NEW YORK (Reuters) – Hopes for a thaw in the U.S.-China trade war helped a gauge of global stocks rise on Friday despite a tepid performance on Wall Street, though caution over pending American tariffs on Chinese goods put the yuan on track for its biggest monthly decline in 25 years.

Statements from U.S. President Donald Trump and China’s commerce ministry on Thursday that the countries were scheduling trade talks brought some respite to equities, which have been roiled by the escalating trade war.

The pan-European STOXX 600 ended 0.7% higher, helped by a surge in German real estate shares. The MSCI All-Country World Index rose 0.35%. Emerging markets shares also jumped 1.5%, posting their biggest daily percentage gain since June.

On Wall Street, the Dow Jones Industrial Average rose 41.03 points, or 0.16%, to 26,403.28, the S&P 500 gained 1.88 points, or 0.06%, to 2,926.46 and the Nasdaq Composite dropped 10.51 points, or 0.13%, to 7,962.88.

Despite the day’s gains, MSCI’s gauge of global stocks posted its second monthly loss of the year and its biggest August percentage decline since 2015.

Some market watchers expressed caution given the fluctuating rhetoric and said U.S. markets, which will be closed on Monday for the Labor Day holiday, could be especially vulnerable if trade tensions re-escalate over the long weekend. The Trump administration on Sunday is scheduled to begin collecting 15% tariffs on more than $125 billion in Chinese imports, including smart speakers, Bluetooth headphones and many types of footwear.

China’s yuan fell 0.27% to 7.1616 per dollar and was on track for its weakest month since Beijing’s currency reform in 1994.

“Frankly, markets have been overly optimistic about trade,” said Randy Frederick, vice president of trading and derivatives for Charles Schwab in Austin, Texas. “I would caution people to be a little careful because optimism won’t last if it doesn’t ultimately materialize into something substantive like an agreement.”

Benchmark U.S. Treasury yields fell, with the yield curve between 2-year and 10-year notes still inverted, seen as a signal that a recession is likely in one to two years.

Ten-year Treasury notes last rose 4/32 in price to yield 1.5028%, from 1.516% late on Thursday.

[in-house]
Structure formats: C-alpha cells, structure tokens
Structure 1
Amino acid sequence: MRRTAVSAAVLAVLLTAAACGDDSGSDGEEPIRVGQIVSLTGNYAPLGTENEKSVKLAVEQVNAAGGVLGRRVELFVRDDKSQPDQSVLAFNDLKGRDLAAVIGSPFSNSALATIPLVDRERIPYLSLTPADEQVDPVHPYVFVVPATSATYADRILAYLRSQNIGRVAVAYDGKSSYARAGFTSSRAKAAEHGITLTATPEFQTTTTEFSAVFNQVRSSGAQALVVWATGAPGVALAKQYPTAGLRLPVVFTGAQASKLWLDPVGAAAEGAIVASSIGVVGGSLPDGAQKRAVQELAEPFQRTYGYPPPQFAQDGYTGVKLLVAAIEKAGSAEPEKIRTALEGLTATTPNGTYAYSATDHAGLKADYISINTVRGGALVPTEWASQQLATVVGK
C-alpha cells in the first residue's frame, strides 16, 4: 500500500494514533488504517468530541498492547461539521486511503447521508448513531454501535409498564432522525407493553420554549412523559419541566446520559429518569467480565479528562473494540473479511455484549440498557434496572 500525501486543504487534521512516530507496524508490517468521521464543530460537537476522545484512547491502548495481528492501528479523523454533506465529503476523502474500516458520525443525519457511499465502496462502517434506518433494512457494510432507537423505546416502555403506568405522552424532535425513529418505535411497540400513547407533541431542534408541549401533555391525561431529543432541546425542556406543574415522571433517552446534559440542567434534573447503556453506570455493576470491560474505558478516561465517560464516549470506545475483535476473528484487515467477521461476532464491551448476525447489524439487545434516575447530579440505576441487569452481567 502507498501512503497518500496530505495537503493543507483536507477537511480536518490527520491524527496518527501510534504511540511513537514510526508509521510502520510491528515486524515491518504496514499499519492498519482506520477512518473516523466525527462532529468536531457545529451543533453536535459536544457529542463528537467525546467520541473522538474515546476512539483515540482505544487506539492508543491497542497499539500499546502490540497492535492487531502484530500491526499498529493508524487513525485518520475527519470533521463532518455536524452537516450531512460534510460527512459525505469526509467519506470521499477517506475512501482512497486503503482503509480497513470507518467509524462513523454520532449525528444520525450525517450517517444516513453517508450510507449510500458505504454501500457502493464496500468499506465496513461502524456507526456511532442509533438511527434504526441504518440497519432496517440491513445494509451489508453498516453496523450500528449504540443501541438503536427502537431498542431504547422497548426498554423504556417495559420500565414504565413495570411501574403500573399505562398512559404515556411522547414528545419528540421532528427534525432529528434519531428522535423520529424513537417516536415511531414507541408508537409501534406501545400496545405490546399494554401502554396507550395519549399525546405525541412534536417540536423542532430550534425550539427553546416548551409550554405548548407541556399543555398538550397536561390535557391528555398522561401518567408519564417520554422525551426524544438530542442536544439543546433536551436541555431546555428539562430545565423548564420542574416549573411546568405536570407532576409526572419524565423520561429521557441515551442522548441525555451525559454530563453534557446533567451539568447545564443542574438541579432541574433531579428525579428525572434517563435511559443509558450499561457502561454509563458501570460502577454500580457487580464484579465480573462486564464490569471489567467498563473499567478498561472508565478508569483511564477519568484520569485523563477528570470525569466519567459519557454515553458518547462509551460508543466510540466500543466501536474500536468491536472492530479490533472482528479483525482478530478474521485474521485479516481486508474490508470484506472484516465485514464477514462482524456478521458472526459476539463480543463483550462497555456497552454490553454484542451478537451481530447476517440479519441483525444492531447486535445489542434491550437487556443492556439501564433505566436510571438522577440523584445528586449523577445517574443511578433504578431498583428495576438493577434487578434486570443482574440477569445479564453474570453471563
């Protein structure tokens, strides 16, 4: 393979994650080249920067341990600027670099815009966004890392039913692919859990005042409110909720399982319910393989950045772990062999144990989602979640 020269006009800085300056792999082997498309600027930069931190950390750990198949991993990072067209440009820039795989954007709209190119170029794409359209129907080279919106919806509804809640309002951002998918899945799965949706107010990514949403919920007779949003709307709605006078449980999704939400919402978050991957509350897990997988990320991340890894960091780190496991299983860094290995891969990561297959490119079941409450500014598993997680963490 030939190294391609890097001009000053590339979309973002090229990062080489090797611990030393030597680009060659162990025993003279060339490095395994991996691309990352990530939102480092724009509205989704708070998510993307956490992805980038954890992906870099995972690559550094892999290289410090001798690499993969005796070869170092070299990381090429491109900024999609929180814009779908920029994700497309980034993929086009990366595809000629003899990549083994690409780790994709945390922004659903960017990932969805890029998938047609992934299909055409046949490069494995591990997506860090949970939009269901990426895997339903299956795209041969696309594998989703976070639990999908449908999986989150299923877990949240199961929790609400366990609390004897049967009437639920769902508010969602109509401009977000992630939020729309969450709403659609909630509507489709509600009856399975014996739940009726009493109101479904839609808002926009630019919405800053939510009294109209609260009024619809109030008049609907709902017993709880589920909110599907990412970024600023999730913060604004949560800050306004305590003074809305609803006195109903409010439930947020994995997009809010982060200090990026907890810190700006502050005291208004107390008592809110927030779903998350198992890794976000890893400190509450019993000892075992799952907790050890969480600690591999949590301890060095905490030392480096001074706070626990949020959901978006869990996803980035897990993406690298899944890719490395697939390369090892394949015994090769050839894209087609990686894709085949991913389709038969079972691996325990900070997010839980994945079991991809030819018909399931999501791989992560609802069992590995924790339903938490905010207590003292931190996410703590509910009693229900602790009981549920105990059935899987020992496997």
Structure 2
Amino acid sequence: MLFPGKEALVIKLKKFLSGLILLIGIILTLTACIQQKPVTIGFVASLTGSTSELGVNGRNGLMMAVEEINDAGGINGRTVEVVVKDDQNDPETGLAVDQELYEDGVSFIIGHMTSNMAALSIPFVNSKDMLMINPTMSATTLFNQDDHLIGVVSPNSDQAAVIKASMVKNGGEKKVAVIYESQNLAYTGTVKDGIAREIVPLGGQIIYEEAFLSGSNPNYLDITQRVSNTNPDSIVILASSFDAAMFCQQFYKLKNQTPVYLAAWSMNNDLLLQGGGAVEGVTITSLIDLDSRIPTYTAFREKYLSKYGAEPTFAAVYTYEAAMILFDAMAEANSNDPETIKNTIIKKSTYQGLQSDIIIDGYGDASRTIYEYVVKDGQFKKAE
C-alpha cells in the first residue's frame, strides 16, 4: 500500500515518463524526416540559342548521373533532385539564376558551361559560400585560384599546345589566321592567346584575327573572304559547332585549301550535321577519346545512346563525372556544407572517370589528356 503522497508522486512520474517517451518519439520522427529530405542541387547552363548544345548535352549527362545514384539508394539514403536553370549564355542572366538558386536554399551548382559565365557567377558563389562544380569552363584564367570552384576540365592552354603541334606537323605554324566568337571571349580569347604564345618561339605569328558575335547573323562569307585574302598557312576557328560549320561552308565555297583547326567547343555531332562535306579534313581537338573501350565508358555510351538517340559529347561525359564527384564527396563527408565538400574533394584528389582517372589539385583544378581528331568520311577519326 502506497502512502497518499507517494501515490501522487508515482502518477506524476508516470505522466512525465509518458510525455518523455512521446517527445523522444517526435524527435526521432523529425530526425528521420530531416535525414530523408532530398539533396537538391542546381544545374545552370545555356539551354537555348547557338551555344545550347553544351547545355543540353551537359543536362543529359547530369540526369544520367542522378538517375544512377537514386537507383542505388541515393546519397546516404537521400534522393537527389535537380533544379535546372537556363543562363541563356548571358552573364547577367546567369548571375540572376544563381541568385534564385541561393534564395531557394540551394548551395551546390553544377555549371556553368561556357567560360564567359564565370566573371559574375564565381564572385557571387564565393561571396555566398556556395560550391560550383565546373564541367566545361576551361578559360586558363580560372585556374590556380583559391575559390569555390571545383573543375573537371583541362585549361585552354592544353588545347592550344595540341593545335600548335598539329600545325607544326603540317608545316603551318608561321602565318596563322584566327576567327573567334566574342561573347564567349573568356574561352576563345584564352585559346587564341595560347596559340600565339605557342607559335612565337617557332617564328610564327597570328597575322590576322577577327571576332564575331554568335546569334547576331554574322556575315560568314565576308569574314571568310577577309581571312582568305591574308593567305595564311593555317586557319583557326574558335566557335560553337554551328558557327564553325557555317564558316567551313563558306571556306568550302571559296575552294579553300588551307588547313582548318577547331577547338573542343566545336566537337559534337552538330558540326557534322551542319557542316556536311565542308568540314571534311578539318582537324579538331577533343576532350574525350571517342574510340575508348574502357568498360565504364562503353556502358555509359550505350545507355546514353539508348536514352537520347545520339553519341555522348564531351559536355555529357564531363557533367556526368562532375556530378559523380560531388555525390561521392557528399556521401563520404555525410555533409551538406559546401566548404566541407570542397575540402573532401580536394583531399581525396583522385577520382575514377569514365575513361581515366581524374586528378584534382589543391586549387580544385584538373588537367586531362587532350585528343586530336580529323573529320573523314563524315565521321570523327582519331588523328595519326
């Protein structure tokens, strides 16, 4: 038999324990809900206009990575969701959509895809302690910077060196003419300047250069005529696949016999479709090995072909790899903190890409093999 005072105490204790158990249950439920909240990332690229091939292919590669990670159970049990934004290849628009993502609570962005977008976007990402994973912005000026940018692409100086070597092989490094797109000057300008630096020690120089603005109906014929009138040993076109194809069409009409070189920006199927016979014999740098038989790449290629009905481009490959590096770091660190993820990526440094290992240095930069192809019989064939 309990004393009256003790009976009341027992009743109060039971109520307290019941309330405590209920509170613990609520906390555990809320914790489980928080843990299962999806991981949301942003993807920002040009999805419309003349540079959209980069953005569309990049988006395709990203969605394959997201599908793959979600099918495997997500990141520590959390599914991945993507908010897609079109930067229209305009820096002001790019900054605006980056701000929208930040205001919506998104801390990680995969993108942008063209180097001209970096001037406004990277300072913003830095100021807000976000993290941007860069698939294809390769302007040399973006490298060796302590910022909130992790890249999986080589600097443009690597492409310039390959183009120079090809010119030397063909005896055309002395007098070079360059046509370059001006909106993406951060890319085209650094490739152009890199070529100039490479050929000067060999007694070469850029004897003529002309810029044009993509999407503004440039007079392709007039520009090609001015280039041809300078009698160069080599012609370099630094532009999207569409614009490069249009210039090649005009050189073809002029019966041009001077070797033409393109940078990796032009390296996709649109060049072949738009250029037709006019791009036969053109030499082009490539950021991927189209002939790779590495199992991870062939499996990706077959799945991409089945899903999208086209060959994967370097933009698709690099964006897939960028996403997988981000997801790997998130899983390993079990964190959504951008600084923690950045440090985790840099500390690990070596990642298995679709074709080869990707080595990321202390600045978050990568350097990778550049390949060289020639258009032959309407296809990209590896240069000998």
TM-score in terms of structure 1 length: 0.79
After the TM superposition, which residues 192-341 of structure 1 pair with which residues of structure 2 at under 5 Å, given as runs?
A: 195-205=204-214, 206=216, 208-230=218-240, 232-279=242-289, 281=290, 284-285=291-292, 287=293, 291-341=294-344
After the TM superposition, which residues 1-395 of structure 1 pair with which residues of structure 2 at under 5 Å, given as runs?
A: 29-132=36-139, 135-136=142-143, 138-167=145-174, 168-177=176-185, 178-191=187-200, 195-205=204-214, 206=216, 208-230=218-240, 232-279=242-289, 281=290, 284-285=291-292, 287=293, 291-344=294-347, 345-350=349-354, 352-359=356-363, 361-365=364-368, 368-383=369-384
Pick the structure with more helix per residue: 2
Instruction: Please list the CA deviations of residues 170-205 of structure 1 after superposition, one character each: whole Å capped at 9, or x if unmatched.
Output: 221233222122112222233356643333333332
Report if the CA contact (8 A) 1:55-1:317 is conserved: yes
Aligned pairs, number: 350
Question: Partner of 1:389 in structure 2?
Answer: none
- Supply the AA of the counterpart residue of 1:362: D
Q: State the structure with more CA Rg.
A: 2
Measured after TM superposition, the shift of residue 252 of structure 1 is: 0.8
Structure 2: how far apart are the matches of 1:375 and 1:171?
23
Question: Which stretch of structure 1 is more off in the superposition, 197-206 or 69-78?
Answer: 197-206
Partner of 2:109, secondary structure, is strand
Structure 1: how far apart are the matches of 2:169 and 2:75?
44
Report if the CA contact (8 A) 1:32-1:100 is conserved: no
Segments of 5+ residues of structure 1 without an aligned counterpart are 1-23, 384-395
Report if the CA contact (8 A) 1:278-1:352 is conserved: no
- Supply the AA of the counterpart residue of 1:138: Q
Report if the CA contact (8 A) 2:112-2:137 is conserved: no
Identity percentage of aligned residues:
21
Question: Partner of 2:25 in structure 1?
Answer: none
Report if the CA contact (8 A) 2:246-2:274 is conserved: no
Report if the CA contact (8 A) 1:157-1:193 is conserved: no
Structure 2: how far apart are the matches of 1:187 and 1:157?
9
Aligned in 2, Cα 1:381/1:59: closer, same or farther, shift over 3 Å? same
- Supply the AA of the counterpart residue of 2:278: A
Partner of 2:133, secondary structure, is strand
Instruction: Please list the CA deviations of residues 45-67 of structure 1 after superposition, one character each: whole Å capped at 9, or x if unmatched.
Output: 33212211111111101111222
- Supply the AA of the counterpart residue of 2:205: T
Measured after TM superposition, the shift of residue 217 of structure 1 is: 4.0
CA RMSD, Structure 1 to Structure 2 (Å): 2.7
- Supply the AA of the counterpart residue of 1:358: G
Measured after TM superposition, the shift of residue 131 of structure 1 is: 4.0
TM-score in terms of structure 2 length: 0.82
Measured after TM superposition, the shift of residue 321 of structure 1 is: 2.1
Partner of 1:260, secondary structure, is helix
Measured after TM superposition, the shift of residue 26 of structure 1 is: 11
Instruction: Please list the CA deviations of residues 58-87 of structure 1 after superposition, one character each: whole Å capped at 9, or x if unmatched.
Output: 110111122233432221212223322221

Italian bond yields registered one of their biggest monthly decline in more than six years after the anti-establishment 5-Star Movement and opposition Democratic Party reached an agreement on a coalition government.

Among currencies, the euro reached its weakest level since May 2017 as expectations grew for aggressive easing by the European Central Bank following weak economic data on Thursday. The euro was last 0.57% lower at $1.10.

Argentina’s peso slumped 2.8% on Friday after Standard & Poor’s cut the country’s long-term credit rating. In August, the peso logged its biggest-ever monthly percentage drop.

The dollar index rose 0.31%.

The safe-haven Japanese yen rose 0.24% to 106.24 per dollar and was on track for its biggest monthly gain since May.

FILE PHOTO: A trader works on the trading floor at the New York Stock Exchange (NYSE) at the opening of the market in New York City, U.S., August 26, 2019. REUTERS/Andrew Kelly

Sterling fell 0.18% to $1.2166 ahead of a crucial period for the British parliament before it is suspended ahead of Britain’s scheduled exit from the European Union on Oct. 31.

In commodities, spot gold fell 0.25% to $1,523.55 an ounce but was set for its fourth straight month of gains. Silver rose 0.59% to $18.35 per ounce and was on track for its biggest monthly percentage gain since June 2016.

Oil prices fell on concerns that disruption from Hurricane Dorian, headed for Florida, could dampen demand. U.S. crude settled 2.84% lower at $55.10 a barrel, while Brent settled at $60.43 a barrel, down 1.06% on the day.

Reporting by April Joyner; Additional reporting by Stephanie Kelly and Kate Duguid in New York, Akanksha Rana, Shreyashi Sanyal and Asha Sistla in Bengaluru, Karin Strohecker, Saikat Chatterjee and Josephine Mason in London and Swati Pandey in Sydney; Editing by Dan Grebler, David Gregorio and Will Dunham

Our Standards:The Thomson Reuters Trust Principles.

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